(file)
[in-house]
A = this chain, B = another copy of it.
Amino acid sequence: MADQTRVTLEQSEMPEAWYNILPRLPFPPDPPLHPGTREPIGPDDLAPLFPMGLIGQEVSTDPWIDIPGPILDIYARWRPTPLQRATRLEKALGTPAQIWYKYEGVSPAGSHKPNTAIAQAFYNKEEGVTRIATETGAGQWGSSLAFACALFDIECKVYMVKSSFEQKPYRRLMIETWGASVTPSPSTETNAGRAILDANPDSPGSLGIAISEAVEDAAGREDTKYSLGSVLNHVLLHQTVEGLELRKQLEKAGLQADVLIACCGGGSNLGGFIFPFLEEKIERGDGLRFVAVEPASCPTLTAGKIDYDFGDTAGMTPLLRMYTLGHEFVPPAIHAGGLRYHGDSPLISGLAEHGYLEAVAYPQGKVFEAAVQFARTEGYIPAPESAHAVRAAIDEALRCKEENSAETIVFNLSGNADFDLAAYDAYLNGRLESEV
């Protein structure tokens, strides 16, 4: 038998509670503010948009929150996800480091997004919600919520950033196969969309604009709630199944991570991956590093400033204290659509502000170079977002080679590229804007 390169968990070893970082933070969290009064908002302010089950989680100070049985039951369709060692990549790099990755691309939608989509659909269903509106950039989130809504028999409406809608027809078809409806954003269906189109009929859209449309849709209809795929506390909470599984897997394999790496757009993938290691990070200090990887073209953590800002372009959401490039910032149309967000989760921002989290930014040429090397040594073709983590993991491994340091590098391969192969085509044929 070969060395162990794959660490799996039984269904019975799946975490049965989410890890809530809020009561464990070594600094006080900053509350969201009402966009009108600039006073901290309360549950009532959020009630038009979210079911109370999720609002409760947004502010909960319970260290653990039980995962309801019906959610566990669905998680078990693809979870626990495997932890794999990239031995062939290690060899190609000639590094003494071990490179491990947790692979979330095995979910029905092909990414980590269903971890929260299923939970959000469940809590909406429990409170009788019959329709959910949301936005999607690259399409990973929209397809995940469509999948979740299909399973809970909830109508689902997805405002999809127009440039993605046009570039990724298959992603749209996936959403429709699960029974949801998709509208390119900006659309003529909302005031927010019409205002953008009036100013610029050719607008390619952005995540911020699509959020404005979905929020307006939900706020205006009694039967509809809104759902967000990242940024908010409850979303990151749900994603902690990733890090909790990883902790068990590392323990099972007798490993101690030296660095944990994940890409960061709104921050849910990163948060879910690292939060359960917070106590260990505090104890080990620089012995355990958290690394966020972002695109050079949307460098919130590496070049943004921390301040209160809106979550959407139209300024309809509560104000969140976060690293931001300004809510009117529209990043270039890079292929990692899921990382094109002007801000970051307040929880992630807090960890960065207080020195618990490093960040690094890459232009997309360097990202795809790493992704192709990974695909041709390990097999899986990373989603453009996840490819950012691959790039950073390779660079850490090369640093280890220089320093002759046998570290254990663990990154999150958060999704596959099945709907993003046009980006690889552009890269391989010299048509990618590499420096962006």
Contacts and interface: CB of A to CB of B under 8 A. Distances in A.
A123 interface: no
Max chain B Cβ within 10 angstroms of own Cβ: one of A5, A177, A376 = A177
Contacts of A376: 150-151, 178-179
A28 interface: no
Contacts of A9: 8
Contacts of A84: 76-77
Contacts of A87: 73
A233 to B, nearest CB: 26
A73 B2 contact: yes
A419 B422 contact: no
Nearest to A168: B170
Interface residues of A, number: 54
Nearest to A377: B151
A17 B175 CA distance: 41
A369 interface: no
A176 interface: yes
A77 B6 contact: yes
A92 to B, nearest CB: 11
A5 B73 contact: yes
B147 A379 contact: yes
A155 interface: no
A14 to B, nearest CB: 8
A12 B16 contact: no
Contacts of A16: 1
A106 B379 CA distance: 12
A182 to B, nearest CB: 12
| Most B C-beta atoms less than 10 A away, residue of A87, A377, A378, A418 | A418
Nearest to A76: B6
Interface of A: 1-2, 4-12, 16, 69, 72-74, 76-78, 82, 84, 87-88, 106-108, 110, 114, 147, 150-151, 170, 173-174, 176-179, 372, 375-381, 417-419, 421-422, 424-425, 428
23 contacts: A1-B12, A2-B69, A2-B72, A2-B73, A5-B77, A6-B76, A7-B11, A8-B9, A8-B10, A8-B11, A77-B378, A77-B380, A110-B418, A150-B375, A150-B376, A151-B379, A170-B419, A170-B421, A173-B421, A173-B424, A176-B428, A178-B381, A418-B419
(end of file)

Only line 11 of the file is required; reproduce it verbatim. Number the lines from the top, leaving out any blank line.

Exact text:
Contacts of A84: 76-77